‘Chanukah in the City’ Pays Tribute to Victims of the Sydney Siege

December 30, 2016 by Sophie Deutsch
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To honour the victims of the Lindt Café tragedy, the public Menorah lighting at Martin Place, Sydney, was imbued with emotional messages of peace and compassion.

Lighting the Menorah

From “the miracle of the rededication of the Holy Temple and the siege in Martin Place, separated by time and geography and culture, we can draw inspiration for the type of culture we want for our city and for our nation,” stated Kerryn Phelps, an Australian politician and medical practitioner. “Instead of division, we can choose inclusiveness. Instead of ignorance, we can choose understanding. Instead of hopelessness, we can choose faith, faith in our neighbours and friends, and faith in our resilience as a people.”

Kerryn Phelps

In 2014, for the first time in almost thirty years, Chanukah in the City was cancelled just days after the Martin Place tragedy occurred.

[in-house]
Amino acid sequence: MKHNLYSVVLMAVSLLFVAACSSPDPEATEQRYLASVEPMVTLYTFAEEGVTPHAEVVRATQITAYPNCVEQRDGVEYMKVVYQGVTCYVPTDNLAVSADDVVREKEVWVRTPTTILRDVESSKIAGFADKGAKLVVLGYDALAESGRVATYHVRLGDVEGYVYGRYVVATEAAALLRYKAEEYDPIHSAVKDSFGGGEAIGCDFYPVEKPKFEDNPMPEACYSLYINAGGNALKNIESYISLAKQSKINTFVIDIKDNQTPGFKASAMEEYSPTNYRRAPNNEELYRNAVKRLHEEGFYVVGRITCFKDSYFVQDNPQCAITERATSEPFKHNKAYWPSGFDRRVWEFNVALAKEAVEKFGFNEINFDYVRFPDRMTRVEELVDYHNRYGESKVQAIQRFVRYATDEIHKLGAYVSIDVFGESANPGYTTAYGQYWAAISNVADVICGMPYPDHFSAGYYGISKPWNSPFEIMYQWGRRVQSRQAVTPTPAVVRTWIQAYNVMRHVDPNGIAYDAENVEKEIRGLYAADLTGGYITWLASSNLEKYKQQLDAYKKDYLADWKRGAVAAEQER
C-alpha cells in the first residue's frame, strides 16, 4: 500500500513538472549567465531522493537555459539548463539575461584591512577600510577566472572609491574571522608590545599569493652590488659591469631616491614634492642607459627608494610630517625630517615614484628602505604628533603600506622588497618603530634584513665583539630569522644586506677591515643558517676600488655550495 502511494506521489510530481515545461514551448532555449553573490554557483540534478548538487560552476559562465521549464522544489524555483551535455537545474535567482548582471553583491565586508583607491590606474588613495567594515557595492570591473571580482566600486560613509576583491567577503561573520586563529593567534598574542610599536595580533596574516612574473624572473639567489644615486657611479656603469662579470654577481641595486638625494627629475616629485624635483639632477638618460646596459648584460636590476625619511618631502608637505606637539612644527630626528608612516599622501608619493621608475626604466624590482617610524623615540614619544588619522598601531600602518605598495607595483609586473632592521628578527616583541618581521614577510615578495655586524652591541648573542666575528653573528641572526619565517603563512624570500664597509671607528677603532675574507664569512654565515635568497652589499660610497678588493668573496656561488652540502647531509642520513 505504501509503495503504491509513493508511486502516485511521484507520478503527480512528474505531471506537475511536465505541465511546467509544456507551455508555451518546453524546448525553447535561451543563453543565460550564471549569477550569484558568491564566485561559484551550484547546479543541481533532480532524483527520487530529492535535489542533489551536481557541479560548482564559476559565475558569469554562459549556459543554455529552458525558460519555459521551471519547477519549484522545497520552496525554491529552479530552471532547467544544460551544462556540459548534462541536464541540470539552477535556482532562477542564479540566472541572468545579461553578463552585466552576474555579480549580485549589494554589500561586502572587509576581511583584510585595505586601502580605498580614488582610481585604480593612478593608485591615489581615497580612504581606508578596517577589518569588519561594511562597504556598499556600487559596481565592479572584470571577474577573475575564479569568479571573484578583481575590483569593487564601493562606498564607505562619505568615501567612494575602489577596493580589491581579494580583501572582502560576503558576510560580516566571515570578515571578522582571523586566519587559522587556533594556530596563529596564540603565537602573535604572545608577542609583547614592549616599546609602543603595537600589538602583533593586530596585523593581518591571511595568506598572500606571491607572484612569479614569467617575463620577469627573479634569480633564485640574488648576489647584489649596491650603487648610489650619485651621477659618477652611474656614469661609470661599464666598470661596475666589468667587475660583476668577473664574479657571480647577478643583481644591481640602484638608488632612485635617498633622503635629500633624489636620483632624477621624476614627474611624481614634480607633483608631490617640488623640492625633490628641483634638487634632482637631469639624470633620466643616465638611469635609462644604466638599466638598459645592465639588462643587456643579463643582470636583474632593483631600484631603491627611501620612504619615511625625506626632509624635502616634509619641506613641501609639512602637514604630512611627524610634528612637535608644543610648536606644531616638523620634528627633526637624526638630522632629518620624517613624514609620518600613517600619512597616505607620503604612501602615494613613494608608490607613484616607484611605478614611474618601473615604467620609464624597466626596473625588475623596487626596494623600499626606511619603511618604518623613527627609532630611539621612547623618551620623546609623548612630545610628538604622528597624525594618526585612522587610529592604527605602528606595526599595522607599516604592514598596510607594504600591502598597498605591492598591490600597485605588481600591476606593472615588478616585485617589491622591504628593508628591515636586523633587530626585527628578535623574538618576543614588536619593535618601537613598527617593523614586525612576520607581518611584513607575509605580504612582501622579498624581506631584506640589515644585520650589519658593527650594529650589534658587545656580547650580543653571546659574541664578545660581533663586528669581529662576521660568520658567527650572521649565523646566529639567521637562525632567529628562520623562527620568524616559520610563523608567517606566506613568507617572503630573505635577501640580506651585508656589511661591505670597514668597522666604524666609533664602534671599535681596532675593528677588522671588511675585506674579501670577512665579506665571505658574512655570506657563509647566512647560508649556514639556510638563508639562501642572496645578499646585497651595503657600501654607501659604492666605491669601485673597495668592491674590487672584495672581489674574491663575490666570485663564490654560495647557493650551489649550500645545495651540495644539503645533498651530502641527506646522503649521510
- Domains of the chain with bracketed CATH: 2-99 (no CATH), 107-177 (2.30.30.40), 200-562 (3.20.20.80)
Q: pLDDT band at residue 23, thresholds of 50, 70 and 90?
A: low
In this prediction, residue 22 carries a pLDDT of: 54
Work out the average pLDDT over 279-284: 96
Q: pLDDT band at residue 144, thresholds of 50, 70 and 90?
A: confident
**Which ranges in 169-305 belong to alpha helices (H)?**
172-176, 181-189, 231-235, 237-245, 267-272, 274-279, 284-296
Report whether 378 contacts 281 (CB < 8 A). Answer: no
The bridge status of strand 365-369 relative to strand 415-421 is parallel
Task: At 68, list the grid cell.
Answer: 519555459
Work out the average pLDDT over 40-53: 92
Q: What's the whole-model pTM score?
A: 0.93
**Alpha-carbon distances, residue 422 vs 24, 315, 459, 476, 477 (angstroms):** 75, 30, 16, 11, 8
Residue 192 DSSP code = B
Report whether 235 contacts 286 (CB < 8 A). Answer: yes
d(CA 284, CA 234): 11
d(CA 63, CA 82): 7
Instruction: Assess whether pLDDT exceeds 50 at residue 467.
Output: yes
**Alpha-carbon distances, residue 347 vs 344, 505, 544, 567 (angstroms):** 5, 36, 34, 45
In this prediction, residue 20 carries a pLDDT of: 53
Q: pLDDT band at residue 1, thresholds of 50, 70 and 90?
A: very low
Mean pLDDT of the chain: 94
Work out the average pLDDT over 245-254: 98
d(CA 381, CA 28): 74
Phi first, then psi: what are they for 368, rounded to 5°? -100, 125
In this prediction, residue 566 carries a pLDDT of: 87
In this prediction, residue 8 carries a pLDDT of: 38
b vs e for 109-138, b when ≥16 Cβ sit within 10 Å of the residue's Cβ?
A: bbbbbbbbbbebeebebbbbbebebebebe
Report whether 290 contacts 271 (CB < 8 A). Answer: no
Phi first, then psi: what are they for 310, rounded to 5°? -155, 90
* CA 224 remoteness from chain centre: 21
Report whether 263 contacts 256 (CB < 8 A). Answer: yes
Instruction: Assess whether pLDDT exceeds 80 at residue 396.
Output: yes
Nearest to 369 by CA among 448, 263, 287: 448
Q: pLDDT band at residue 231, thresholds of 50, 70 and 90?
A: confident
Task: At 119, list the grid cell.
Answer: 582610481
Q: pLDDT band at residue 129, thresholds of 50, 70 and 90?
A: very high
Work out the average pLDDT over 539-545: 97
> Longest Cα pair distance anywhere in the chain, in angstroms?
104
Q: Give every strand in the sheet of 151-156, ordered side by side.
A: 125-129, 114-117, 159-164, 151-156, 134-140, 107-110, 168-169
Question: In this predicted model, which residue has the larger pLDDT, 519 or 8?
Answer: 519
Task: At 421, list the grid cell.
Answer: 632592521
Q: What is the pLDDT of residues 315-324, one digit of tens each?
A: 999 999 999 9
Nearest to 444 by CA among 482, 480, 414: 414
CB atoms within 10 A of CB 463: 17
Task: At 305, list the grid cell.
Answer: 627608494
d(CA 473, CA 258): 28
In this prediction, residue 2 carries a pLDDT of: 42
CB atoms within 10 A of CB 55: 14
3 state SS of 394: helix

By lighting the Menorah in Martin Place, we celebrate the triumph of religious freedom over persecution, of good over evil. As Rabbi Feldman exclaimed, “ultimately, it is the light of spirituality that will vanquish the darkness of prejudice, it will vanquish the darkness of bigotry.”

Today, Jews exercise freedoms that were once suppressed under the rule of Antiochus IV Epiphanes. The Festival of Lights is a celebration of religious freedom, tolerance and resilience against all odds, formidable traits that were exhibited by the victims of the Lindt Café Siege.

Despite the emotional significance and power of the message conveyed, an atmosphere of vibrancy nonetheless resonated. Families enjoyed Chanukah delicacies such as sufganiyah and gelt, whilst dancing joyously beneath a beautifully lit Menorah.

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